When Coffee Isn’t Enough – How to Stay Motivated
Have you ever worked on a project or been in a job where you have little to no motivation to see it through? That spark you once had is long gone, yet you continue slogging on, day after day.
We have all been there. Many times.
So how do you find your motivation to get out of your rut? There is no magic formula, as what inspires each of us is different.
While some people are inspired by money, the majority are motivated by things money can’t buy.
- Positive relationships with coworkers and/or leadership
- A respectful and supportive workplace culture
- Opportunities to learn and develop
- Meaningful (and supported) work-life balance
Here are some tips to help you figure out how to stay motivated.
Step One – Take Stock
Start by taking stock of what motivates you, reviewing the list above. Do any of these bullets reflect your current work environment? If so, how many? If not, jot down some points on what your ideal work environment would look like.
Step Two – Find Your Motivation
Get clear on what would motivate you. Think back to a job or a project you were excited about. What was it that peaked your interest? How did you feel when you came to work in the morning? What was your performance like when you were working on something you enjoyed?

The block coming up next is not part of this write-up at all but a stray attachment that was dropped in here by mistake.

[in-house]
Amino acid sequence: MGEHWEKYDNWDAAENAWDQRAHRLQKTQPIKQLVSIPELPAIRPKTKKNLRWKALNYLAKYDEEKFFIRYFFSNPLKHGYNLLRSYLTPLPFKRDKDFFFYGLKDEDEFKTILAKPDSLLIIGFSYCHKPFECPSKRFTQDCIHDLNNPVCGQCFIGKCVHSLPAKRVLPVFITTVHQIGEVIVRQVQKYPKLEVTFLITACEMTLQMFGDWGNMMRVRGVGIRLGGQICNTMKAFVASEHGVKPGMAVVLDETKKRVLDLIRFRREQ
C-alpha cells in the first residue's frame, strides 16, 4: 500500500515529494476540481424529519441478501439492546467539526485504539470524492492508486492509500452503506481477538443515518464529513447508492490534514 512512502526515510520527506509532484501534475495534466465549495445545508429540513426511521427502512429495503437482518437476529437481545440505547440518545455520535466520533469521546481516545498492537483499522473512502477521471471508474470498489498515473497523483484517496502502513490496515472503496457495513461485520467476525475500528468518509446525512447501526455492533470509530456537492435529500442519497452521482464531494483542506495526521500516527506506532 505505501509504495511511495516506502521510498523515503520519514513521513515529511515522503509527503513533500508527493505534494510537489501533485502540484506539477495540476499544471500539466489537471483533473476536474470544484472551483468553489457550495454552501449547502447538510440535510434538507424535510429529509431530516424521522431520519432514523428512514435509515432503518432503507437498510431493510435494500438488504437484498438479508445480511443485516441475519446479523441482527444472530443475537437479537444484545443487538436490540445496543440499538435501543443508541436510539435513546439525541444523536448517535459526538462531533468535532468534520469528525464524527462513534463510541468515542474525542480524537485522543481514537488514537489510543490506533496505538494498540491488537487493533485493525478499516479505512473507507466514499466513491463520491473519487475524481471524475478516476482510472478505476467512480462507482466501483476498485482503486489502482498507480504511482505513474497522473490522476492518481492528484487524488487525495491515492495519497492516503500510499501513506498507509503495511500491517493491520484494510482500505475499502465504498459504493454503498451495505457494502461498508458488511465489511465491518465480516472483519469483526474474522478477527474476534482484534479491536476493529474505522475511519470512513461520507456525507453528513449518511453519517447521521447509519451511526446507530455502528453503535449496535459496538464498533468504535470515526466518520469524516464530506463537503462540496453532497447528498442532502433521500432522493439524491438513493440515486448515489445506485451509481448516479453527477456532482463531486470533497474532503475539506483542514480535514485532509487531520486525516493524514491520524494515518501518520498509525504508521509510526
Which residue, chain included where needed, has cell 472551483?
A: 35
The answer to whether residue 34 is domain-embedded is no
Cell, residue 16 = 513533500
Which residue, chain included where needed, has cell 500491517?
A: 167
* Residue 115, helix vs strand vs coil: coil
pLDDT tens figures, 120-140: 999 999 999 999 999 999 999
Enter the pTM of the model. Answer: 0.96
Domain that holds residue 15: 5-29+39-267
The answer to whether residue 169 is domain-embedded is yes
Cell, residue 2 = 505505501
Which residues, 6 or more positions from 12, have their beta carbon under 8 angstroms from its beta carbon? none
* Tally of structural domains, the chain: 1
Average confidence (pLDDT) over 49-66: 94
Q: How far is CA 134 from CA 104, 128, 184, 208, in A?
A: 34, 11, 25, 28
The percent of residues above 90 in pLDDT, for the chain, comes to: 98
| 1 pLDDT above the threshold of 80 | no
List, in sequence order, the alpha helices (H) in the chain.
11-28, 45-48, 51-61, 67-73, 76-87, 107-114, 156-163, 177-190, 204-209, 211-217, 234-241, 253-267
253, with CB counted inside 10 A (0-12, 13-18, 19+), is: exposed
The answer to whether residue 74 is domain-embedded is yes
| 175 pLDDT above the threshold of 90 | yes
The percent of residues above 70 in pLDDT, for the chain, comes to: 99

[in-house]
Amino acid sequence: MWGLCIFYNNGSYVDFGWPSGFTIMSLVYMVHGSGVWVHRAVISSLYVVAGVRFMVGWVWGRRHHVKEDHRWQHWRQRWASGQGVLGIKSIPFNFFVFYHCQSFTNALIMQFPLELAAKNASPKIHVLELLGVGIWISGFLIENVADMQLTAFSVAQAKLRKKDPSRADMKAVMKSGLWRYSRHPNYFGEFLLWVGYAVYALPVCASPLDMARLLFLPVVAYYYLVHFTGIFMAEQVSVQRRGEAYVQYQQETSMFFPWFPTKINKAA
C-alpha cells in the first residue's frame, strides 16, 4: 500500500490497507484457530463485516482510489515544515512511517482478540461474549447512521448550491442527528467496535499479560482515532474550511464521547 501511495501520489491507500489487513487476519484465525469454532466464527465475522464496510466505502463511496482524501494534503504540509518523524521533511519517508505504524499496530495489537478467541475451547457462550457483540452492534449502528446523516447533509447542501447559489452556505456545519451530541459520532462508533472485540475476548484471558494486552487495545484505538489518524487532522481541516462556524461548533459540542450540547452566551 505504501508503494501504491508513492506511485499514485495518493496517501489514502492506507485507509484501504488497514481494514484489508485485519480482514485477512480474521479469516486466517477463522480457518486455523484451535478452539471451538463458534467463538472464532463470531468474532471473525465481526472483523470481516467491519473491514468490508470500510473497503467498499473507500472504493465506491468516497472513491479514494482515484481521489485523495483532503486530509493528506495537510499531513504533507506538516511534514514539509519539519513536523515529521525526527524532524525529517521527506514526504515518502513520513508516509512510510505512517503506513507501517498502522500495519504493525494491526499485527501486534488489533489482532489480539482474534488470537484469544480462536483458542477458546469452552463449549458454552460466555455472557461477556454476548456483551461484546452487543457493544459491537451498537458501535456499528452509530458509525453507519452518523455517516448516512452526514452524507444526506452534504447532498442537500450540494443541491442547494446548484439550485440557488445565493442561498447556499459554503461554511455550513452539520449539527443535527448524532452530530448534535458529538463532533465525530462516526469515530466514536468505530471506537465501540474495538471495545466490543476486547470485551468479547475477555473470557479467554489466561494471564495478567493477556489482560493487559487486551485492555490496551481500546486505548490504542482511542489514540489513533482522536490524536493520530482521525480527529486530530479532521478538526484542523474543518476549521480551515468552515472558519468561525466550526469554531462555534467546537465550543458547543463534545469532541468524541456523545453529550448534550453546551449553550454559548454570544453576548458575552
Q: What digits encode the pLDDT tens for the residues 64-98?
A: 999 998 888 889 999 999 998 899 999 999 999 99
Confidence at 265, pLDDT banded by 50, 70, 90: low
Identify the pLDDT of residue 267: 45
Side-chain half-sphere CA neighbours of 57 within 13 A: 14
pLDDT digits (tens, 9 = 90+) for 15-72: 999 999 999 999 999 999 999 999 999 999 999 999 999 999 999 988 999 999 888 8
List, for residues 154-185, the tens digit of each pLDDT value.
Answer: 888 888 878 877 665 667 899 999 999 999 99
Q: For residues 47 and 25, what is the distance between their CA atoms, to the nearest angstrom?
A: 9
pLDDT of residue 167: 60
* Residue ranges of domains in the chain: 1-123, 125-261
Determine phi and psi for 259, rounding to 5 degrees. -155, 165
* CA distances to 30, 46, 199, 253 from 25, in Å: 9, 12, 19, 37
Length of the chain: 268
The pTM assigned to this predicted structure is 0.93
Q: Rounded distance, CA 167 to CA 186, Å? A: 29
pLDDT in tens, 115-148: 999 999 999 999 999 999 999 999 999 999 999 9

Step Three – What Needs to Change
Looking at your current situation, do any of the elements exist that will help motivate you? Or has the time come where the organization or work no longer fits who you are as a person or professional? It’s okay. As we grow and develop, there comes a time when we’ve outgrown our current job, friendships or even expectations we had of what our career path should look like.
Step Four – Own the Change
So here’s the hard part for many people. Taking responsibility for change. Only you know how to stay motivated. No one else can do this for you. Maybe you need to take a course (improve or refine your skill set). It could mean changing departments or roles inside of the organization (if you like the corporate culture but not your immediate working group). Or it could be brushing up your resume and looking for a new job. Whatever change is needed, it is for you to make. Just you.
Step Five – Ongoing Check-ins
Don’t just do this exercise once, get complacent by a steady paycheque or pension plan. Rather, continue having honest conversations with yourself. Have the changes you’ve made improved your motivation? How much? Are you inspired by the work you do? If yes, congratulations. But if you’re still not fully satisfied (life’s too short to live in drudgery), dig deeper.
I encourage you do this check in at least twice a year (might as well start now). Otherwise, you could find years have gone by and one day you wake up wondering why you aren’t happy, and how you got to this place.
By knowing what motivates you, you can make sure it’s a part of your everyday life – both personally and professionally.
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